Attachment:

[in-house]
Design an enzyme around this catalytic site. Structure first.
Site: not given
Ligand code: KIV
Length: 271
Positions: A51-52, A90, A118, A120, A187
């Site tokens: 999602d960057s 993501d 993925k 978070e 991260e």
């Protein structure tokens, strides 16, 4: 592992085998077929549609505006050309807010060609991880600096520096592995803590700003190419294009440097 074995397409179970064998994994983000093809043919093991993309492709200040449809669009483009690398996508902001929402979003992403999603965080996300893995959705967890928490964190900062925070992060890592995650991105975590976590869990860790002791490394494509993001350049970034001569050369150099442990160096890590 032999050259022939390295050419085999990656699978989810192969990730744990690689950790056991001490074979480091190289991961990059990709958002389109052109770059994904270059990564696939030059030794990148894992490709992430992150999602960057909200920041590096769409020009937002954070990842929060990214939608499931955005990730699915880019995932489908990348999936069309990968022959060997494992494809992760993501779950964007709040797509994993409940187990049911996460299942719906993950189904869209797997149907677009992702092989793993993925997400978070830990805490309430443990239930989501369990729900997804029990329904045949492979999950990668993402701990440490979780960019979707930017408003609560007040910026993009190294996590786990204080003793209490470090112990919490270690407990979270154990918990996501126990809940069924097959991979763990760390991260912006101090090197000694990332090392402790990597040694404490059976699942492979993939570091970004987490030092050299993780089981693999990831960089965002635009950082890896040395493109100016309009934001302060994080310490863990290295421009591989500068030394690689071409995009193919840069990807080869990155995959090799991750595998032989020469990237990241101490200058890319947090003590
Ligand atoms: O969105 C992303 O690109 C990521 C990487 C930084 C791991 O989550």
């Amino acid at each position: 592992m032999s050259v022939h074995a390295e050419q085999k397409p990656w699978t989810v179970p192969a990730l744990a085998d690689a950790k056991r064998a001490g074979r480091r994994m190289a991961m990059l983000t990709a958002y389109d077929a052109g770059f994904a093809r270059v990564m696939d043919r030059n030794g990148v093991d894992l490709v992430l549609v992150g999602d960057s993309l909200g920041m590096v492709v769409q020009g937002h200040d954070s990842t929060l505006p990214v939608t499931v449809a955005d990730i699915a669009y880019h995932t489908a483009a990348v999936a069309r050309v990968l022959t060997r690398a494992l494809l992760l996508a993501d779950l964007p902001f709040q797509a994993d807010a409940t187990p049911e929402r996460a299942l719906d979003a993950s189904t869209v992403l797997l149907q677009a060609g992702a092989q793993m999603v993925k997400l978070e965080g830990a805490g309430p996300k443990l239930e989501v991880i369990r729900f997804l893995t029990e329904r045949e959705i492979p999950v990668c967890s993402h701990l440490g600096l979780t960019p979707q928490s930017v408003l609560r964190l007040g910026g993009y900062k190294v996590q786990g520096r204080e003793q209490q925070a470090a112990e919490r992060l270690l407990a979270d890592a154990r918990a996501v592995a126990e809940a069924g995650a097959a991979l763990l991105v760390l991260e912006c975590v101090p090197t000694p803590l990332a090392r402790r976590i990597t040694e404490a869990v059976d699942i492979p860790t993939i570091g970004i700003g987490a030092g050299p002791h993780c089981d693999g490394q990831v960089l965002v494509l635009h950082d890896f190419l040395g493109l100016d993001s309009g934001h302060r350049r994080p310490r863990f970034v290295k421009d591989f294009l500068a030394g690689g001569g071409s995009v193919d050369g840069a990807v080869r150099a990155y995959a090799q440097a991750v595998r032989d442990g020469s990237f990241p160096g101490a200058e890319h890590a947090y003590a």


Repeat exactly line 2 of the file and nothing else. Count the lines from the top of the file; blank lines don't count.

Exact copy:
Design an enzyme around this catalytic site. Structure first.